Thursday, July 9, 2015

The Flynn Effect Defeats Eugenics

Why was the eugenics movement never revived after the Nazi Holocaust?  The goal to create better and smarter people was arguably laudable.  What if something happened that made people smarter without selective breeding?
Something did.  In the mid 80s, psychologist James Flynn discovered that since 1900, everywhere intelligence tests have been given, scores have risen by three IQ points every ten years. IQ tests measure short term memory, spatial recognition, mathematical ability, and abstract reasoning.
The eponymous Flynn effect has created smarter people much faster than selective breeding ever could. Possible explanations for the Flynn effect include better nutrition, smaller families, heterosis, more stimulating environments, and the ability to use logic to work in a hypothetical situation.  The last is the most significant change. In Flynn’s words:   “We are the first of our species to live in a world dominated by categories, hypotheticals, non-verbal symbols, and visual images that paint alternative realities.
“There has been a transition from using the mind to manipulate the concrete world for advantage toward logical analysis of symbols increasingly abstracted from the appearance of the concrete world and even the literal appearance of the symbols themselves. This is what I call supplementing ‘utilitarian spectacles’ with ‘scientific spectacles’—which does not imply that the average person knows much science.”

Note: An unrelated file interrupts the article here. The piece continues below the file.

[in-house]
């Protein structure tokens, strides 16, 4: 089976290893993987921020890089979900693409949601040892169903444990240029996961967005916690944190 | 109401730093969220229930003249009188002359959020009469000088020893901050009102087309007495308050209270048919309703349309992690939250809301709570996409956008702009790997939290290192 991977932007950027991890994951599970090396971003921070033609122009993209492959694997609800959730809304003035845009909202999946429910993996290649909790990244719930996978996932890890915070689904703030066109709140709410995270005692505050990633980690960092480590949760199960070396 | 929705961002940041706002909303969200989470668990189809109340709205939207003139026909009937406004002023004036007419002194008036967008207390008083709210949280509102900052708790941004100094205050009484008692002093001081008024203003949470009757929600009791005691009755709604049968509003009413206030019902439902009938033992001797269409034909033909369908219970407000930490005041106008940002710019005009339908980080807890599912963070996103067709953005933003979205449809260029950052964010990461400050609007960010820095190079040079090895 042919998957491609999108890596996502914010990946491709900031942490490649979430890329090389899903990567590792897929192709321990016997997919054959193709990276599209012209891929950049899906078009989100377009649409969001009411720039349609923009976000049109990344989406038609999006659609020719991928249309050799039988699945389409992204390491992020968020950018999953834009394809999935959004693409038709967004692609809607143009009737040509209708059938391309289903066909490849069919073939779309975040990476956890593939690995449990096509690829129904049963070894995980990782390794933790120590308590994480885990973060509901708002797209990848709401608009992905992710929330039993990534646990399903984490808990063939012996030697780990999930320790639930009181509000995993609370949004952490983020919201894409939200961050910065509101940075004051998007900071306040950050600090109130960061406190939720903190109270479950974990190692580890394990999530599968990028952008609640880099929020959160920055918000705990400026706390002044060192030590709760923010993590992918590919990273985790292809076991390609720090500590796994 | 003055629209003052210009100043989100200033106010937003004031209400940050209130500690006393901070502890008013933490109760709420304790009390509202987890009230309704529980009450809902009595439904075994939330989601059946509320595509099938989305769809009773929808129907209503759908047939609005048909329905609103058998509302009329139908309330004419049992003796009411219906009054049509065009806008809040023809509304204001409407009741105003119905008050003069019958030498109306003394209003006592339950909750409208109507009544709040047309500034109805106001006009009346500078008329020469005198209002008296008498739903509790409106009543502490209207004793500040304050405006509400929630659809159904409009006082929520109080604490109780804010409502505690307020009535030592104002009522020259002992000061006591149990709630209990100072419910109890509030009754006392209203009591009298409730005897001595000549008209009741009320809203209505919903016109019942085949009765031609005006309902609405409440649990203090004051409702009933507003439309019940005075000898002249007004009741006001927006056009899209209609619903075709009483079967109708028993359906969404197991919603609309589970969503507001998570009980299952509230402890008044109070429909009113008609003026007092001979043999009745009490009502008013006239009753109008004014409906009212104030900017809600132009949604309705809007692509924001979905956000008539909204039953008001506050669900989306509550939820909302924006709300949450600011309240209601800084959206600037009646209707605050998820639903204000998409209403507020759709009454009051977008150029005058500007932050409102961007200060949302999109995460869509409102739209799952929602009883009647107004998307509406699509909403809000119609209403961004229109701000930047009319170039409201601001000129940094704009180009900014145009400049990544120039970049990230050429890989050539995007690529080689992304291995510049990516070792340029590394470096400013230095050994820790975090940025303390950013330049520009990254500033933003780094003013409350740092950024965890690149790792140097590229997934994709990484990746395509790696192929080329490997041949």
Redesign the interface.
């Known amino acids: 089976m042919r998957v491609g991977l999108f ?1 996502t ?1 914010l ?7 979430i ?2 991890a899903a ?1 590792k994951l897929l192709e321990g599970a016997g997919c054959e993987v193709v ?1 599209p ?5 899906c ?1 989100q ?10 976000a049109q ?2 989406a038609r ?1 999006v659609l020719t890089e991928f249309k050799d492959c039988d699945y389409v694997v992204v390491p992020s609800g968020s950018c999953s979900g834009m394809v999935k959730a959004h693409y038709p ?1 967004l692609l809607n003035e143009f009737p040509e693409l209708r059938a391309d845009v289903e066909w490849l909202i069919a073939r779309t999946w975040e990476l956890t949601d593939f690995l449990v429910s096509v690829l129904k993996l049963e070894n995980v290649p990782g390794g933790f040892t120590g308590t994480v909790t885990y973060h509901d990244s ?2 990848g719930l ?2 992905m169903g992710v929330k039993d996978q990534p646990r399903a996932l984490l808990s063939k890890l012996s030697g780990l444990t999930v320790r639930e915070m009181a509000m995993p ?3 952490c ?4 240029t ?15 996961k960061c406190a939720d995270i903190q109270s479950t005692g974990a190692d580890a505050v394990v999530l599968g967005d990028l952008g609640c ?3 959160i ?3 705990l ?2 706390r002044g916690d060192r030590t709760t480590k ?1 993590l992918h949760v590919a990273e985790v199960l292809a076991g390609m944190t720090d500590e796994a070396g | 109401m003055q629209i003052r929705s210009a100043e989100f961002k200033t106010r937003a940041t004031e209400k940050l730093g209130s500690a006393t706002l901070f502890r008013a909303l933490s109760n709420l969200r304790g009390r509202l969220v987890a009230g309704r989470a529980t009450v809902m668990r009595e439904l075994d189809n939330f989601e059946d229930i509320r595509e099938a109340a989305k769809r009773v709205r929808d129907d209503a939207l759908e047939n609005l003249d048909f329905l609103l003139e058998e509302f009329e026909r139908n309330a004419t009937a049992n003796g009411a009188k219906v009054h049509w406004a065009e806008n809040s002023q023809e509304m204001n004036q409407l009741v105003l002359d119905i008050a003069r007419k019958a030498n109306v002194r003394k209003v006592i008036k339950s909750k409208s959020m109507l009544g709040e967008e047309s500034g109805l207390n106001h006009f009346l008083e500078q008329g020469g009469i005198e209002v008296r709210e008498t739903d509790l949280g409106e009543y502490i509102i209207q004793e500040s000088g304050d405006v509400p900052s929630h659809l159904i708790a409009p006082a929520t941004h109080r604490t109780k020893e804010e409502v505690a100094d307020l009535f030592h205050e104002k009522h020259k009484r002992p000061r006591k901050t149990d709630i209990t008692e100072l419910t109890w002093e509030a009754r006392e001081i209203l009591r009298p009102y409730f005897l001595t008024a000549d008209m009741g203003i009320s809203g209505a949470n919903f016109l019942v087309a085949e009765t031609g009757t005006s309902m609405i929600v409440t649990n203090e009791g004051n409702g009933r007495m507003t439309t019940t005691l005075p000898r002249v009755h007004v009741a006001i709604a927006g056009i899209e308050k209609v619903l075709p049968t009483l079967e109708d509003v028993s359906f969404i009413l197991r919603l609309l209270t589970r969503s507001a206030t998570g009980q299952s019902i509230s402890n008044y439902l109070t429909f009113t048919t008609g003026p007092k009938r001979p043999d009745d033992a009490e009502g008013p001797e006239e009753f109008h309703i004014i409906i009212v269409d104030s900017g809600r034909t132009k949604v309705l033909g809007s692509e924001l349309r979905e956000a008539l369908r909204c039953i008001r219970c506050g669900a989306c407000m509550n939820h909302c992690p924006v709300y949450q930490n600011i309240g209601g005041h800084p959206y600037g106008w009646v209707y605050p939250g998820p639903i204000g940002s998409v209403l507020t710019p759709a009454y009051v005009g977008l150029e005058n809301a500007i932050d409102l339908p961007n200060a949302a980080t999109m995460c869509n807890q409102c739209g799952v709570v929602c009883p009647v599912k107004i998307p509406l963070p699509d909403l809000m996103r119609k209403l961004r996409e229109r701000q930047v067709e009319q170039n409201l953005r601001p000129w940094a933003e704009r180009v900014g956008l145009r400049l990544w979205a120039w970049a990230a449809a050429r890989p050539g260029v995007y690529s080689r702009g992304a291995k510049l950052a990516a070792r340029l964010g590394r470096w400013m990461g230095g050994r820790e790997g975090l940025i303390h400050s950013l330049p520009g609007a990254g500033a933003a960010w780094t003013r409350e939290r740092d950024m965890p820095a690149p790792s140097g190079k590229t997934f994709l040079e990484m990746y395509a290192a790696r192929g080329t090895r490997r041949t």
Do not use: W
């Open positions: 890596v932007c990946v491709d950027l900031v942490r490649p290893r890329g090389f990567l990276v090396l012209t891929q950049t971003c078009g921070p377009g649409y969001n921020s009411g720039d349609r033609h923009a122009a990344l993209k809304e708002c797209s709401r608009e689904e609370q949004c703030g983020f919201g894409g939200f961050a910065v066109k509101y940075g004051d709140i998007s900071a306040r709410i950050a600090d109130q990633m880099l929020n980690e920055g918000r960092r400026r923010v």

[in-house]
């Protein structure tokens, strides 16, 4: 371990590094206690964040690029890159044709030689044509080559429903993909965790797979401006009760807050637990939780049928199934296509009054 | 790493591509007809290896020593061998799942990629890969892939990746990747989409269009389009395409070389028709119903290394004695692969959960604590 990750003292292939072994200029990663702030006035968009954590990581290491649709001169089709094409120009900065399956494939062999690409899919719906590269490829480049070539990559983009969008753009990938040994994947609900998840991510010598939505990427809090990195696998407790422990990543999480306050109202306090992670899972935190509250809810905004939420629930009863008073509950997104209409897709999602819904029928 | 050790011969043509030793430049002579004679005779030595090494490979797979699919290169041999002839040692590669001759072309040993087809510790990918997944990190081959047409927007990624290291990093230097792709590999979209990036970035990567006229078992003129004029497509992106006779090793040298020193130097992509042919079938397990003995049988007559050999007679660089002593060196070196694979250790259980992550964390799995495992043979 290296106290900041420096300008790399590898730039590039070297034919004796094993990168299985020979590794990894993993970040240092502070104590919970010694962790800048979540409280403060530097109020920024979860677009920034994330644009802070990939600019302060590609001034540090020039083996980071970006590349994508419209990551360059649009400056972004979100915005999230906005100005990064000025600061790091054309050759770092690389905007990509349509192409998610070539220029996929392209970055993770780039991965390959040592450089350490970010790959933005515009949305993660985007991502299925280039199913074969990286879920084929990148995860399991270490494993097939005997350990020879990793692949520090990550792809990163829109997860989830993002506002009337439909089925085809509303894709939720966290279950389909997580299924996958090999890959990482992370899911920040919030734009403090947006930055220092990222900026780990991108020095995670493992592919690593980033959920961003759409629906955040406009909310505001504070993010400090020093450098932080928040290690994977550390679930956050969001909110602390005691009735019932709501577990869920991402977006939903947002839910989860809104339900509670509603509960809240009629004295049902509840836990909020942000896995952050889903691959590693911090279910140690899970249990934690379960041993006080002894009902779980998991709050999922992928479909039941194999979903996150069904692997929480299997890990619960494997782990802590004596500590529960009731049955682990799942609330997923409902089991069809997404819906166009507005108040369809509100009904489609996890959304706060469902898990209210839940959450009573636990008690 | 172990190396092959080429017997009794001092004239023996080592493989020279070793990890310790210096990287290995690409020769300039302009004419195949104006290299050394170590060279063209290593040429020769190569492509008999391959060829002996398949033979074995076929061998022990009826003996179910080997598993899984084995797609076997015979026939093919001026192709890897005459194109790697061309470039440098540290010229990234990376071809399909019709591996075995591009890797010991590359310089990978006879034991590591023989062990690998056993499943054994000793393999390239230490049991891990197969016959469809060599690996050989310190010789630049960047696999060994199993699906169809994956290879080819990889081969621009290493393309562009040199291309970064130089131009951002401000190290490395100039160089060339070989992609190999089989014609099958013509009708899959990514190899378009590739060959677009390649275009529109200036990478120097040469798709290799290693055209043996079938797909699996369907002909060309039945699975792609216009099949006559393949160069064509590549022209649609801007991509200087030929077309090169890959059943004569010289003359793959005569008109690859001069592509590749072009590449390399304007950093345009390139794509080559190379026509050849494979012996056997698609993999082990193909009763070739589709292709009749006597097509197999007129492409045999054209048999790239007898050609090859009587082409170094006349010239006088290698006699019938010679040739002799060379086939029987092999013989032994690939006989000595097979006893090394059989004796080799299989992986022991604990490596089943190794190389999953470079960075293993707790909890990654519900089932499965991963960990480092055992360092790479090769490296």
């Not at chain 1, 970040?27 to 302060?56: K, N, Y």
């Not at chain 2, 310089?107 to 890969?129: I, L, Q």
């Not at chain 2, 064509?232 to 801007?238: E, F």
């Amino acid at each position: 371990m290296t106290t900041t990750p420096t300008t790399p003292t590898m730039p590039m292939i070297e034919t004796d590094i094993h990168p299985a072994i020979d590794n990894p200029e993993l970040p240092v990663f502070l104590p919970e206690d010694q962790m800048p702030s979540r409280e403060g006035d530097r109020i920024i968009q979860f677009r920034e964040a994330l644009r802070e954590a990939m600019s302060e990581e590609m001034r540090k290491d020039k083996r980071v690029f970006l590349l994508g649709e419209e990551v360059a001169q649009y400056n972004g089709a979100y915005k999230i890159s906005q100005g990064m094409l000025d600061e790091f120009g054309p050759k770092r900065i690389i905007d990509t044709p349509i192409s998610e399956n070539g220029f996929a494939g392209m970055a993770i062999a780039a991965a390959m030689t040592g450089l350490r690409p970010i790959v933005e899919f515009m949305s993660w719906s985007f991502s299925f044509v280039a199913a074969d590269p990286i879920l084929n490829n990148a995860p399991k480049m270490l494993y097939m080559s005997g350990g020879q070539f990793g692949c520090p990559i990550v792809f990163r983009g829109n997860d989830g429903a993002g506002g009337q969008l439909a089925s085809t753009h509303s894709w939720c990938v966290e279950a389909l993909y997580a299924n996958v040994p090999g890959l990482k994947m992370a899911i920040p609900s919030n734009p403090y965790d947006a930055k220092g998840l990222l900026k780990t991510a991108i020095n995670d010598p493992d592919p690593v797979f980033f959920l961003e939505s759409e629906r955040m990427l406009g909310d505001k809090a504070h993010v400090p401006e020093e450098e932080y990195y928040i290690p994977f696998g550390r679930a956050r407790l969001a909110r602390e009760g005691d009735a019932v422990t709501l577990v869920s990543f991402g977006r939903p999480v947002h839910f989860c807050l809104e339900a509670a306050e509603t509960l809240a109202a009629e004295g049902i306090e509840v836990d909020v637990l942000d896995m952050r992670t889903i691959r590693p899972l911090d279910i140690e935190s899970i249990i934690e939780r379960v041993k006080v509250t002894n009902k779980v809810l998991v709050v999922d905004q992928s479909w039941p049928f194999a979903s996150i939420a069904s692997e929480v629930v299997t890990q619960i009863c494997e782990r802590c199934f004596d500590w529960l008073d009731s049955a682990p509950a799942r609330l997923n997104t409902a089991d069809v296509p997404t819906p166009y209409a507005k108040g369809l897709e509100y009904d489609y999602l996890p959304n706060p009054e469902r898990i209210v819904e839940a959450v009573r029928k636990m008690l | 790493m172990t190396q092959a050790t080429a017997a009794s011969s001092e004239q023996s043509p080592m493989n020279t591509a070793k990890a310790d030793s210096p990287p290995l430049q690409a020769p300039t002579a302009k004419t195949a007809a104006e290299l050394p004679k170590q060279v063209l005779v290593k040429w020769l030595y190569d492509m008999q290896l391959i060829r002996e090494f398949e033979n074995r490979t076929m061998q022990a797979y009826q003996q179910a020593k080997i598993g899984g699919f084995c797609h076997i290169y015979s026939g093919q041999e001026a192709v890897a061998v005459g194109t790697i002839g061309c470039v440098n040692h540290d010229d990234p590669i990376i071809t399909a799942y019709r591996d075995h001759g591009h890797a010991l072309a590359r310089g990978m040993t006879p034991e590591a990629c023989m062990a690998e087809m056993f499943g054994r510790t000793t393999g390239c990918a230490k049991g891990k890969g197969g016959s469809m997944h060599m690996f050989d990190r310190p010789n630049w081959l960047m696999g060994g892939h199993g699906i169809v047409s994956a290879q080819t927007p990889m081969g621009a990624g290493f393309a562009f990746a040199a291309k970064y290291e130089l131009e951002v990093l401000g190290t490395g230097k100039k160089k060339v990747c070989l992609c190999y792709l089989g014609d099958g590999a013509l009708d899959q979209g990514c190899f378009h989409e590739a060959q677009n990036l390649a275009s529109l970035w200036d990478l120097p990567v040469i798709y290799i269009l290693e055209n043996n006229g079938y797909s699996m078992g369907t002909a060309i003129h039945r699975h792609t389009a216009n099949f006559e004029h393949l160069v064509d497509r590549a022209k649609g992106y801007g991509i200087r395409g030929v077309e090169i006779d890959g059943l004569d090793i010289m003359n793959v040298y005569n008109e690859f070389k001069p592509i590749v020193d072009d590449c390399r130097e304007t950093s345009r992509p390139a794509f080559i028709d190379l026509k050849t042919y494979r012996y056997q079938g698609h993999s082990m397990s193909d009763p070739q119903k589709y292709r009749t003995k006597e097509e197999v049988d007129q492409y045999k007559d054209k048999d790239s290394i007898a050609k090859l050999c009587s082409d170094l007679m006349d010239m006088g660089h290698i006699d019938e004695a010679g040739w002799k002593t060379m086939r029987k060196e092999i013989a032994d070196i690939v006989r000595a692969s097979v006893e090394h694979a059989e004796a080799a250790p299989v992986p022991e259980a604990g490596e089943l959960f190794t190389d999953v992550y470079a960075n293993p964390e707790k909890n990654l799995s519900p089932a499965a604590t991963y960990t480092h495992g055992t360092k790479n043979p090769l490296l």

An example of thinking using “utilitarian spectacles” comes from Unitarian Universalist minister David Breeden in a description of a visit to his nearly illiterate parents.  Fresh from his first year at college, he tried to explain Spinoza’s argument that we create our image of God depending on who we are.  For instance, triangles would create a triangle god, ants would create an ant god. This idea made no sense to his pre-modern parents.  “How could a triangle think; why would an ant think about God?”
Flynn comments on the mind set of people like Breeden’s parents, “Note how the pre-modern mind refuses to abandon the concrete world and refuses to use logic to analyze a hypothetical situation. Today, we automatically classify things rather emphasize their differences, take the hypothetical seriously, and use logic to analyze both the hypothetical and abstract symbols.”
Breeden believes the ability to think in the abstract is a gift and a privilege.  However, the Flynn effect shows that with education that focuses on abstract reasoning, such as that required to solve mathematical story problems, rather than memorizing, almost everyone can learn to employ logical analysis of symbols.  Breeden’s education was a gift and a privilege, but his parents, raised in rural isolation, never had educational opportunities.

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